Managers and leaders often have to make tough “right vs. right” decisions where there are strong arguments on both sides. Should a new product be canceled or redesigned? Should a factory be closed or retooled? Should people be fired or retrained? Ultimately the toughest decisions create winners and losers. In the toughest kinds of decisions, you stand to lose yourself.
Here are a few insights I’ve gleaned over the years into managing these kinds of decisions:
We go to the office early rather than go to the gym. We stay late rather than come home early to play with the kids. We make these kinds of decisions often—often unconscious of their impact. We view the immediate trade-off as negligible, even though their cumulative impact can be life-altering.
It’s only when someone confronts us that we ask: “Why don’t I spend more time with the family?” “Why don’t I spend more time exercising?” Then the trade-offs suddenly look large. When we open our eyes to all the alternatives we forgo, suddenly the most mundane decision seems highly important. What’s the lesson? That every decision requires giving up some potential benefits. You can’t have it all. So don’t beat yourself up about it.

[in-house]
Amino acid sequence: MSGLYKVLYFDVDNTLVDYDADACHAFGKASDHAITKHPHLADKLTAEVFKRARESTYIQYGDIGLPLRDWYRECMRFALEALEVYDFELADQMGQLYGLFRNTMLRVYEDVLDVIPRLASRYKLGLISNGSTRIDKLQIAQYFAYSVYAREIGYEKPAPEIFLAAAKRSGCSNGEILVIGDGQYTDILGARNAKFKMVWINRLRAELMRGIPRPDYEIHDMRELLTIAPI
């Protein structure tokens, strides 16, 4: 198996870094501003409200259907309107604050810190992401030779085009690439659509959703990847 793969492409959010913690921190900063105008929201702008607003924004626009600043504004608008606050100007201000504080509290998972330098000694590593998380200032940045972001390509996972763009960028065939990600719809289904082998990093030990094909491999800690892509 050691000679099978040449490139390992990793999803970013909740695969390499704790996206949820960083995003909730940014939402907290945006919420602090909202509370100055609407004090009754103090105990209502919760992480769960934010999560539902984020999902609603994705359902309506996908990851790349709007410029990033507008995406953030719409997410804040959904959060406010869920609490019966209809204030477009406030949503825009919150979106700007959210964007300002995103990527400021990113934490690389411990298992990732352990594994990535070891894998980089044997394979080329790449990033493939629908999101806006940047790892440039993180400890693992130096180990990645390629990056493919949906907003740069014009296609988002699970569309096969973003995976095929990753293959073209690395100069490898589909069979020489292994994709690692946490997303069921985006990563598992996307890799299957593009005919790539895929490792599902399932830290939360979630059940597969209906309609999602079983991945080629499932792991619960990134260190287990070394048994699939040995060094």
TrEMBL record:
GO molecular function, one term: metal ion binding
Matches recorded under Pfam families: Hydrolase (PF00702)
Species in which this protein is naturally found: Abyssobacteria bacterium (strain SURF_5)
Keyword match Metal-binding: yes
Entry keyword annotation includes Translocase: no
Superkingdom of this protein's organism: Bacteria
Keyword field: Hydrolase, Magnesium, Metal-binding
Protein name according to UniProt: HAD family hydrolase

Invite other people’s perspectives. Listen to what they have to say. Gather the relevant data early in the decision-making process. Even if it seems like a chore, you’ll benefit from what you learn. Ask people to challenge your assumptions. It is our assumption of competence that is often the biggest barrier to making the best decision. The human mind becomes far better at making decisions when it balances emotional and rational intelligence. If your heart is telling you to follow a particular course, gather some facts first to see if it’s really the best option.
Read More: The Circle of Assumptions
If you have 80 percent confidence in a particular option, then go with it. It takes too long to get the final 20 percent. The loss of time is critical in today’s business environment. Indecision is deadly. It’s far better to move forward than to risk standing still.
Taking risks and being wrong is part of leadership. Great leaders recognize when they’ve made a wrong choice, admit it openly, and change direction quickly. In the process, they don’t punish themselves or other people for what went wrong. Instead, they look to the future and celebrate the company’s willingness to adapt.
Learn more about how to manage decisions well in my latest book, The Leadership Equation, detailing the 10 best practices that build trust, spark innovation, and create high-performing organizations.